Writer: Sina Grace
Penciller: Robert Gill
Colorist: Rachelle Rosenberg
Letterer: Joe Sabino
Release Date: 10/4/17
The Champions of yesteryear gather together to mourn the loss of Black Widow, who died during Secret Empire. Their trip down memory lane is made more difficult when Bobby realizes the old HQ has been turned into a gym, but Angel has a plan.
Plot: The boys walk into a bar and proceed to remember their fallen friend when Darkstar joins the group. While the others are reminiscing, however, Bobby deflects and eventually takes out his anger on movie props.
The next day, our favorite Iceman seems to score a hot date – or at least a fun group outing with a potential date. Bad guys can’t ruin this one… Unless someone gets the idea to build sentinels for the X-Men to fight in the name of starting their own props and effects company.
Story: The current Iceman run has made its mark by being one of the more character-driven stories on the stands, and Iceman #6 is no different. Even as someone who has never read old Champions stories, the team’s conversations about Natasha and their own pasts were not only easy to follow but also relatable and heartbreaking. Especially the different ways each character dealt with their grief, which does not always manifest in the beating of fists or even the shedding of a single tear.
Sina Grace uses this issue to turn the tables on the age old adage, “Media vita in morte sumus.” Instead, in the midst of death we are in life, and Iceman #6 certainly drives that point home by having the loss of Natasha be what brings characters like Hercules and Darkstar back into Bobby and Angel’s orbit. Not to mention how quickly the team comes together to play wingman for Bobby, allowing readers to continue the journey towards his self-discovery which has been steadily building since the start of the run.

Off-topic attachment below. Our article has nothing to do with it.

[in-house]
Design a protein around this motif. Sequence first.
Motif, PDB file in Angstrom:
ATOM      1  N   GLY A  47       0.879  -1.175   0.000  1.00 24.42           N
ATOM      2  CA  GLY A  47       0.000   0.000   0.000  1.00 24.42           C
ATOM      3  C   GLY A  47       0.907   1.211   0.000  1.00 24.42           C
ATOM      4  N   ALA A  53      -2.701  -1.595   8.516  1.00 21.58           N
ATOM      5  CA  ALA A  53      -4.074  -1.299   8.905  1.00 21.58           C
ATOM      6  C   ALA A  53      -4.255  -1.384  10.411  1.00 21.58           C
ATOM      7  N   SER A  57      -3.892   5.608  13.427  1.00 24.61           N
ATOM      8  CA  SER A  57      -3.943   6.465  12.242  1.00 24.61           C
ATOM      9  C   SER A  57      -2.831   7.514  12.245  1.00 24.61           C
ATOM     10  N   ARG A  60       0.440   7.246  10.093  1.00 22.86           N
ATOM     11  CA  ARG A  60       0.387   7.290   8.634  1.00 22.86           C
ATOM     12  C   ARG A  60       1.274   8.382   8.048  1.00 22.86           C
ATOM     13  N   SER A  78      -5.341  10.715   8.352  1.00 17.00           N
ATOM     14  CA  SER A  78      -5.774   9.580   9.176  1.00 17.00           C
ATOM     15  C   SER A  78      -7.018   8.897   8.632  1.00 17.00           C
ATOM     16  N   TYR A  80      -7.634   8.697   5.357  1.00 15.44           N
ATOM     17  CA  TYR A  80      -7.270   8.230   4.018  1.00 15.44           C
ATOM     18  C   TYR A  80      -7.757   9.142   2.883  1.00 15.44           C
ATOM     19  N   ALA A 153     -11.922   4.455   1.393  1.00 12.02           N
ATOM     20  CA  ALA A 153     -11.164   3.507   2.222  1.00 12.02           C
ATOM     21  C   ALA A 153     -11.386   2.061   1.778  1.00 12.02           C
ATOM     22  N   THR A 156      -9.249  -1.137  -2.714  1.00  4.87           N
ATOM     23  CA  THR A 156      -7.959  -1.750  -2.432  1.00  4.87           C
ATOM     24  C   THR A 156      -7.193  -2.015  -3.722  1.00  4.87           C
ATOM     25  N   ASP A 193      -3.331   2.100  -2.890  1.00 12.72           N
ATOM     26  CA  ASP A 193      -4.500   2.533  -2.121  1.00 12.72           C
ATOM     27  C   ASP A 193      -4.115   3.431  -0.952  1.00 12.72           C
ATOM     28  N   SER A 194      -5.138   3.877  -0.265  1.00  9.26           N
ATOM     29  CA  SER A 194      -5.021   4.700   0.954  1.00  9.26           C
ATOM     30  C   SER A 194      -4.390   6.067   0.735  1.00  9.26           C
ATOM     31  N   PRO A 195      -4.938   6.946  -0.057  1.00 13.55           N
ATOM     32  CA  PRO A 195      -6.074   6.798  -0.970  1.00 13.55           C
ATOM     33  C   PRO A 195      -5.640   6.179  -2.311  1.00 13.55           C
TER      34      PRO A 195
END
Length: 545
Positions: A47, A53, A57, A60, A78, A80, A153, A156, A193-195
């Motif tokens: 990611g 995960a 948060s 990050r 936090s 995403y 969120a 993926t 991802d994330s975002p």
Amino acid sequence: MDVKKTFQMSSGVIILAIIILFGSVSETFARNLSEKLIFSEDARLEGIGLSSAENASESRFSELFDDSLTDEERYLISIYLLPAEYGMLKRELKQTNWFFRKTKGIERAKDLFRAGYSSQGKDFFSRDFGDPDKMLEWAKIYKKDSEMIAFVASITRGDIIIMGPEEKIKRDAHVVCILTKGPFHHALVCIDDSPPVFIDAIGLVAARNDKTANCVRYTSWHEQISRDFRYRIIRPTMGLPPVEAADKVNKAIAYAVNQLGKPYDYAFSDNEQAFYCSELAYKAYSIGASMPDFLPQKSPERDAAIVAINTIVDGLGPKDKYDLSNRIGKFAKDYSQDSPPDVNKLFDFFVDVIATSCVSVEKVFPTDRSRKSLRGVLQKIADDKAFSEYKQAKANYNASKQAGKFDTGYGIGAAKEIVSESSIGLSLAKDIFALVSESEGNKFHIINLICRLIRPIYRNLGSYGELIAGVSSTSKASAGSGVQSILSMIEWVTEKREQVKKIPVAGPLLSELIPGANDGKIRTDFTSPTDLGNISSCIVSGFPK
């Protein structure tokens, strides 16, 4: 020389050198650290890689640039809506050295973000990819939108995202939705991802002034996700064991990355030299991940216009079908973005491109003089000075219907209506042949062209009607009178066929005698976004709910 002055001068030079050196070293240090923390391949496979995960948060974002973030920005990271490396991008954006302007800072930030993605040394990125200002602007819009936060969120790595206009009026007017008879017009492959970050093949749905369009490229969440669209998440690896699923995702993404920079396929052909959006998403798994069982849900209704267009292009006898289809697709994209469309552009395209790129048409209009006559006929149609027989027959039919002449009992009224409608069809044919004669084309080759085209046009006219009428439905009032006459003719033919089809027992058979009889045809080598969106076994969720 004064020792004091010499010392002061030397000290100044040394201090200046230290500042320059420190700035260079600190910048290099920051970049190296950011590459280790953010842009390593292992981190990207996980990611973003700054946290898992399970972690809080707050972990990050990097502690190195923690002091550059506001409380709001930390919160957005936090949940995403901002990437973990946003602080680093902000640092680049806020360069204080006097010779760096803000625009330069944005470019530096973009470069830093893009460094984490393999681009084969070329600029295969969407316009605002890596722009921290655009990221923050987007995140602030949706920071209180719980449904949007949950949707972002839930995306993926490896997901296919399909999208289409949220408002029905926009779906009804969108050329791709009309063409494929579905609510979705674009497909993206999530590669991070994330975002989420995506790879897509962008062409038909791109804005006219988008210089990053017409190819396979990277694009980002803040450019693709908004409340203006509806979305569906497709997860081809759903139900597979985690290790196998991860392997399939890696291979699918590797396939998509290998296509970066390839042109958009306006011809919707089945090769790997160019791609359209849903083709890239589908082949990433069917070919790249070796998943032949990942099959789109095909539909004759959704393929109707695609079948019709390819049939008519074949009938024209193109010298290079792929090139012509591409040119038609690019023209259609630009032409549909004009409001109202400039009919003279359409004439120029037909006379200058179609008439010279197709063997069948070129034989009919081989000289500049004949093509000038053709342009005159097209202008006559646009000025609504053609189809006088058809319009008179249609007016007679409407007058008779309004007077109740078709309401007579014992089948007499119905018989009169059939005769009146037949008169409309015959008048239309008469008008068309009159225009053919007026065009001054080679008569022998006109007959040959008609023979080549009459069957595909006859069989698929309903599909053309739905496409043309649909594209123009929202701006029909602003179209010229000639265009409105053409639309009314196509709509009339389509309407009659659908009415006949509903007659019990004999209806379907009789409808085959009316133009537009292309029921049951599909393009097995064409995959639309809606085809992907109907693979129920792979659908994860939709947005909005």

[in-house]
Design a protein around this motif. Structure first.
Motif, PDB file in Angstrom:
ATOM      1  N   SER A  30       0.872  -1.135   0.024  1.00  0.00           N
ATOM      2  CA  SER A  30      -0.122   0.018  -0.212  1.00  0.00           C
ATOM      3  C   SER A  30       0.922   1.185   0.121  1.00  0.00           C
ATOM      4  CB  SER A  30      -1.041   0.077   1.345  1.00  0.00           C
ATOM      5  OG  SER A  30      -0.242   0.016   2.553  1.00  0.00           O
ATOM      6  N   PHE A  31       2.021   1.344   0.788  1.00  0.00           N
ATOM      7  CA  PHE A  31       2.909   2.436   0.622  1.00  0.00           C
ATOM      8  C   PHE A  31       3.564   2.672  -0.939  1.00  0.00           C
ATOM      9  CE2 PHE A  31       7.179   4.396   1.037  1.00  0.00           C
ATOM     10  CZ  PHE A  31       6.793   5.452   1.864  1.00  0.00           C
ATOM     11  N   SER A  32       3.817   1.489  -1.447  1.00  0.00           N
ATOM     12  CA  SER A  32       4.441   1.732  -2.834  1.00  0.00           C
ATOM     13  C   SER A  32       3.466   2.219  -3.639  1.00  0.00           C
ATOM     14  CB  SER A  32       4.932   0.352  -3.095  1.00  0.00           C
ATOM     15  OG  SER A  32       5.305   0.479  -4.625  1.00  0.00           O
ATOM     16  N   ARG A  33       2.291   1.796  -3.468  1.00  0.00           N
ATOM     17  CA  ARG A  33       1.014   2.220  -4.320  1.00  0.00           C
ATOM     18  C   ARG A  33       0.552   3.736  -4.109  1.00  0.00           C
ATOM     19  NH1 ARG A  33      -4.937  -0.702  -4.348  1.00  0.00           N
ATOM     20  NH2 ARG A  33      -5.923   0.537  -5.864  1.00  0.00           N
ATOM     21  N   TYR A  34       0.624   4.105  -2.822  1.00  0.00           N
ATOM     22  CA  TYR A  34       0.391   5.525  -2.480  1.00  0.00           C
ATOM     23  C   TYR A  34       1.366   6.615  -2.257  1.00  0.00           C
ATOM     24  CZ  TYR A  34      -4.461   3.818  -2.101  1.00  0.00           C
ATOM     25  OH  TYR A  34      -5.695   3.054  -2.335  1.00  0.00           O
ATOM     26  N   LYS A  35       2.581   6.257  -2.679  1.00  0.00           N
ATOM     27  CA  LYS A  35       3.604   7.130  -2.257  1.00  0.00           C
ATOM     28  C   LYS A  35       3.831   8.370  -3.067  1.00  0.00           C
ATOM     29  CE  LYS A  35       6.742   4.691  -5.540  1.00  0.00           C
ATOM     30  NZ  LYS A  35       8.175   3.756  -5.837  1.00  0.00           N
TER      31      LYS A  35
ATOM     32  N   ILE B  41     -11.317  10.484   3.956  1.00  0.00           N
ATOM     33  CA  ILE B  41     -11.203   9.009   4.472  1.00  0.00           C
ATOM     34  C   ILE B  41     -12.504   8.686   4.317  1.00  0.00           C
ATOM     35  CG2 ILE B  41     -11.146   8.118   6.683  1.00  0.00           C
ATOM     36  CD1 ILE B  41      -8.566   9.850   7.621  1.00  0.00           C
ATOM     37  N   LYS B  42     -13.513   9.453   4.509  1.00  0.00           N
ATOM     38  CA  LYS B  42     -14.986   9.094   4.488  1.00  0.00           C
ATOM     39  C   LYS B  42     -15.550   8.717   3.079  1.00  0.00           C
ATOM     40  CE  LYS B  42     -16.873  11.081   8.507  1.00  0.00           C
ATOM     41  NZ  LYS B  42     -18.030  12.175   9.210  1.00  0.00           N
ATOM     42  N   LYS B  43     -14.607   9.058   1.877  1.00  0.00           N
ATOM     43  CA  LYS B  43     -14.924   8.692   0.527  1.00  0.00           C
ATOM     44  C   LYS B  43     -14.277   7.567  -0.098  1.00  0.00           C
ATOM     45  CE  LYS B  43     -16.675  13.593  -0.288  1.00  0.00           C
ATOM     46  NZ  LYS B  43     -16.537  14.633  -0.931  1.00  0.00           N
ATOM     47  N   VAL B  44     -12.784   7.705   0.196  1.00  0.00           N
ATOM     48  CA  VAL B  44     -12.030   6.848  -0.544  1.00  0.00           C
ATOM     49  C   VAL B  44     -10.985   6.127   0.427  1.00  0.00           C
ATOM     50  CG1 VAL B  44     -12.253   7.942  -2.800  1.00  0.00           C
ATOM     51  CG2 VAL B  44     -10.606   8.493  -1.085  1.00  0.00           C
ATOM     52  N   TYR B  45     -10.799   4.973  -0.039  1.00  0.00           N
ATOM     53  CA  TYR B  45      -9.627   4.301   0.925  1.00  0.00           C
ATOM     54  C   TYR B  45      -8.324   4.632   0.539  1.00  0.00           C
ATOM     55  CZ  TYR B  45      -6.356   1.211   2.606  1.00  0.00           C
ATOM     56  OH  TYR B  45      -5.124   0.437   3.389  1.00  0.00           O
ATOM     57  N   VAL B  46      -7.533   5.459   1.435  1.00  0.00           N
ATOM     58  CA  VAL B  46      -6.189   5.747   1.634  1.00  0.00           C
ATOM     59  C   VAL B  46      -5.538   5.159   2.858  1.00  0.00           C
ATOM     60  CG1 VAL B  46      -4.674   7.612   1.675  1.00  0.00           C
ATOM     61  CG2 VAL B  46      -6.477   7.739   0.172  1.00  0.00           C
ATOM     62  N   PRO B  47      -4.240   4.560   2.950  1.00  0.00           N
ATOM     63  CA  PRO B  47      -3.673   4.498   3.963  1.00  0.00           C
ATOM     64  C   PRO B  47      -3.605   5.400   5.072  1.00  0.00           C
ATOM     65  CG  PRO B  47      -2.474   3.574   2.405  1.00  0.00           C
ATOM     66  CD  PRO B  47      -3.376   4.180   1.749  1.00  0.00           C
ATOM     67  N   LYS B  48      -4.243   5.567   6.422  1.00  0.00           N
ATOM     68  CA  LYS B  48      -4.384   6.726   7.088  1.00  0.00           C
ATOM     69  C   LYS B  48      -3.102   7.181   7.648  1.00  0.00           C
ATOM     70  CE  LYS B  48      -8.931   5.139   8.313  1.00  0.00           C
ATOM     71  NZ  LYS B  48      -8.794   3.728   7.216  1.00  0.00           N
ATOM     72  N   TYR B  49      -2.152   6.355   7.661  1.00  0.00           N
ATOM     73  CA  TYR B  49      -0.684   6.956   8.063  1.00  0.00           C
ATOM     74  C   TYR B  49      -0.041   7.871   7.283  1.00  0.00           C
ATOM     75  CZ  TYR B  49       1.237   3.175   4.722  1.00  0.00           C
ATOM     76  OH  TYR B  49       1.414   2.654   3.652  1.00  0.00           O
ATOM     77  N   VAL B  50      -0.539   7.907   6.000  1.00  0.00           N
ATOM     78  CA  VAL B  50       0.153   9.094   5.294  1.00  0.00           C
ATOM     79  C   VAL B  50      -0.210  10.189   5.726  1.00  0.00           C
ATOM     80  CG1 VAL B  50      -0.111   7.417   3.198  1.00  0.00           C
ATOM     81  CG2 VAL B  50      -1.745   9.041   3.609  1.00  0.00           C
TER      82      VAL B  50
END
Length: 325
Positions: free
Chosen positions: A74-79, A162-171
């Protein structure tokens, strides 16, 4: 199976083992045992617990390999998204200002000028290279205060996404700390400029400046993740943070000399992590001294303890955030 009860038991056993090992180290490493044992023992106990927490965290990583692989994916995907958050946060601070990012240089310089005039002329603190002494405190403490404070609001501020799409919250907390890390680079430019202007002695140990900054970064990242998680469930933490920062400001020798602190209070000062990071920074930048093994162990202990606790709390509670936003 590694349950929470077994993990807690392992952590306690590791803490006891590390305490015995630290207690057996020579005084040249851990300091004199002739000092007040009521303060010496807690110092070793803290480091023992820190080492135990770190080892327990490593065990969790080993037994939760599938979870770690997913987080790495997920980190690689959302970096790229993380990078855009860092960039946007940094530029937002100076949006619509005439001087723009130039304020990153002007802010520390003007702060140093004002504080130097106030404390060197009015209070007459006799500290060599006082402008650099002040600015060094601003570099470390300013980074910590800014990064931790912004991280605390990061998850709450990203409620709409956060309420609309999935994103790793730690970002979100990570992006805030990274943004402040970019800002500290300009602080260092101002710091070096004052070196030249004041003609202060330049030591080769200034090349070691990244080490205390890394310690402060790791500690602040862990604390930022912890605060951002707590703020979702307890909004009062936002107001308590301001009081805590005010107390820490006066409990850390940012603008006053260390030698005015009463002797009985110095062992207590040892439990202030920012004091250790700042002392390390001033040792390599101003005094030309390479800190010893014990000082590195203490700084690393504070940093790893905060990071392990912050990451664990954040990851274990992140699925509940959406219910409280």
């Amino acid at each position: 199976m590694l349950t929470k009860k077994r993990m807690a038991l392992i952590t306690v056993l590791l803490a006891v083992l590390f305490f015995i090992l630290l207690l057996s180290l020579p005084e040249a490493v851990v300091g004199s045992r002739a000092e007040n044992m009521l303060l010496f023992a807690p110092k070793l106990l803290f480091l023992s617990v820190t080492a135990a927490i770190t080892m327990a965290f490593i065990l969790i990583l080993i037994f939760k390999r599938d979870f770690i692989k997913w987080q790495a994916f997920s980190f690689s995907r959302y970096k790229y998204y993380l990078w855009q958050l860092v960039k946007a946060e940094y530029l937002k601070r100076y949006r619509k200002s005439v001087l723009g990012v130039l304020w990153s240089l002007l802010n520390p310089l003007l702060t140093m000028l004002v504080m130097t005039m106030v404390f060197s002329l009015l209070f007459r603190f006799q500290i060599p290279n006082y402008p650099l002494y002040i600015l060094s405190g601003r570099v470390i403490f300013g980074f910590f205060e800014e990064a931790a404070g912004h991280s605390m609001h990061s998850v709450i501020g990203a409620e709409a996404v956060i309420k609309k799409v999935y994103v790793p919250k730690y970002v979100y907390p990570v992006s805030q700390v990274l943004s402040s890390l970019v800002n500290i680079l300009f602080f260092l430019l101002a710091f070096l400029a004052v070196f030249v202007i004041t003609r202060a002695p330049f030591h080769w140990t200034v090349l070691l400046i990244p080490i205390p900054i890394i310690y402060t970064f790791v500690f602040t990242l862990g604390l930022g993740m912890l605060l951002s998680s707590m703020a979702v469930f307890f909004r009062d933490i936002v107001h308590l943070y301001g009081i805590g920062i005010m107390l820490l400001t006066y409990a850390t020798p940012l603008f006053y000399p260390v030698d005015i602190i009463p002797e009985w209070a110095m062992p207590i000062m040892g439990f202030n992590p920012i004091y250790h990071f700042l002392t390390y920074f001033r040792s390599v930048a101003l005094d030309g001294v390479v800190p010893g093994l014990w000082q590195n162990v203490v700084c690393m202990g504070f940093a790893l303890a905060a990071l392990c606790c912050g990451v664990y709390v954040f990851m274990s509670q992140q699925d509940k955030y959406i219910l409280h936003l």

The only complaint I have is that the “villain” – who really was more of a reckless citizen – was a little under-developed and almost didn’t need to be included. That being said, the subplot certainly set up a fun fight for the next month’s installment. Plus it made for a super sweet splash page.
Art: Rachelle Rosenberg’s pastel palette perfectly compliments Robert Gill’s soft lines, creating a warm and welcoming environment throughout all of Iceman #6. The art team certainly knows how to mesh with the theme of old friends revisiting past haunts.
There is a pretty vibrant shift from the oranges and yellows that seem to indicate the mourning period, and the blues and purples than throw Bobby Drake right into his future and a new lease on life. Of course, part of it this shift is due to a literal change in scenery, but the artworks take it to level eleven. As a final point, even though the final confrontation felt a little tacked on, I cannot deny that it was gorgeous to look at.
Verdict: Iceman #6 takes another story’s tragedy and mines it for some excellent character work, not just for Bobby Drake but for a few of his friends as well.
Star Rating: 4 out of 5